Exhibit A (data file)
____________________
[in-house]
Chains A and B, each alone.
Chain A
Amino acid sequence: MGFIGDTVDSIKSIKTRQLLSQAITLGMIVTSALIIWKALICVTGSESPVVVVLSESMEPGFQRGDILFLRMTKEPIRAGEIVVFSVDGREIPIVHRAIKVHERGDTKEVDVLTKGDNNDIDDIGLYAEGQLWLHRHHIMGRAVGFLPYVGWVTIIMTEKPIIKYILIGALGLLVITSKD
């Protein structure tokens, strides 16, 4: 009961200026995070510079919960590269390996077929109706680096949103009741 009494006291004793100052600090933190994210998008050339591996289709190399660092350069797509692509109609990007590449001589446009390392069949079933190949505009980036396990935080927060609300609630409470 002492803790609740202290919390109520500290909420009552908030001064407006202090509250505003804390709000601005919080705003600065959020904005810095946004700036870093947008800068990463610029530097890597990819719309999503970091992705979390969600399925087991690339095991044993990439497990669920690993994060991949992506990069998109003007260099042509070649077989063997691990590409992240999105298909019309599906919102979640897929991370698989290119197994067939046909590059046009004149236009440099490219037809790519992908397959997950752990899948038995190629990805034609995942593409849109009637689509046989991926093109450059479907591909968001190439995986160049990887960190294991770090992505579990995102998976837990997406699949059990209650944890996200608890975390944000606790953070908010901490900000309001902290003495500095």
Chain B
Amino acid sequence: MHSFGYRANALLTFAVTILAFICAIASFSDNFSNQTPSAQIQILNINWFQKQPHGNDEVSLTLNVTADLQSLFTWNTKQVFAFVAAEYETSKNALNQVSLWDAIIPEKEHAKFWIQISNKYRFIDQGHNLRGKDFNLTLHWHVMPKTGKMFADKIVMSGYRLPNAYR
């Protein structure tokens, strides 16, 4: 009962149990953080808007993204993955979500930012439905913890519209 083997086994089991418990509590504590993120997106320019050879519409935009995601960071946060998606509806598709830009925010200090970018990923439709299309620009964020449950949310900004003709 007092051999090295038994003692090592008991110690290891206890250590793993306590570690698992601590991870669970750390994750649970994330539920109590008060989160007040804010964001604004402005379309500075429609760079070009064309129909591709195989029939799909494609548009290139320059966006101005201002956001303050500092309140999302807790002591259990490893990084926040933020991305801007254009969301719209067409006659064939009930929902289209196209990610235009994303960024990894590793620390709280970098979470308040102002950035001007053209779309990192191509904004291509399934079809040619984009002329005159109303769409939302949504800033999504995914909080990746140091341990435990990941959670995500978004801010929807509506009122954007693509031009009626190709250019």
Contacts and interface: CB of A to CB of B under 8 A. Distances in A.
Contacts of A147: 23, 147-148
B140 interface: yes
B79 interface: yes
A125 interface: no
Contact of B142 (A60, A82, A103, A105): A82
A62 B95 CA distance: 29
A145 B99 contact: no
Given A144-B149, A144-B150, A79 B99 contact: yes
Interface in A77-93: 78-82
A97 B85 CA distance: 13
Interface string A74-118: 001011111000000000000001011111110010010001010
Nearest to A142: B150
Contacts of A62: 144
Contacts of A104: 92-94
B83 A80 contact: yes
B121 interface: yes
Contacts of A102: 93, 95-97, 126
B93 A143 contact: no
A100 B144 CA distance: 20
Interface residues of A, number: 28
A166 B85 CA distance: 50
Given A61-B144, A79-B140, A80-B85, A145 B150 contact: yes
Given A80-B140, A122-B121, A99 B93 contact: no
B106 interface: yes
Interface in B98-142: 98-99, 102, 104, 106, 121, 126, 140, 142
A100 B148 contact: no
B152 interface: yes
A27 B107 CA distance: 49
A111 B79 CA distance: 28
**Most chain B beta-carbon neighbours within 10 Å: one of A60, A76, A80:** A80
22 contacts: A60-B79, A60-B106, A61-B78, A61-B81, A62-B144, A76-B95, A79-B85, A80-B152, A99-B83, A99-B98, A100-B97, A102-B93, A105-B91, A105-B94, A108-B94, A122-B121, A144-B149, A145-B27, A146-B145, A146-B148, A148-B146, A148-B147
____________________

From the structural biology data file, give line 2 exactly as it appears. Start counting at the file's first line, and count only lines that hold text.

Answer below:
Chains A and B, each alone.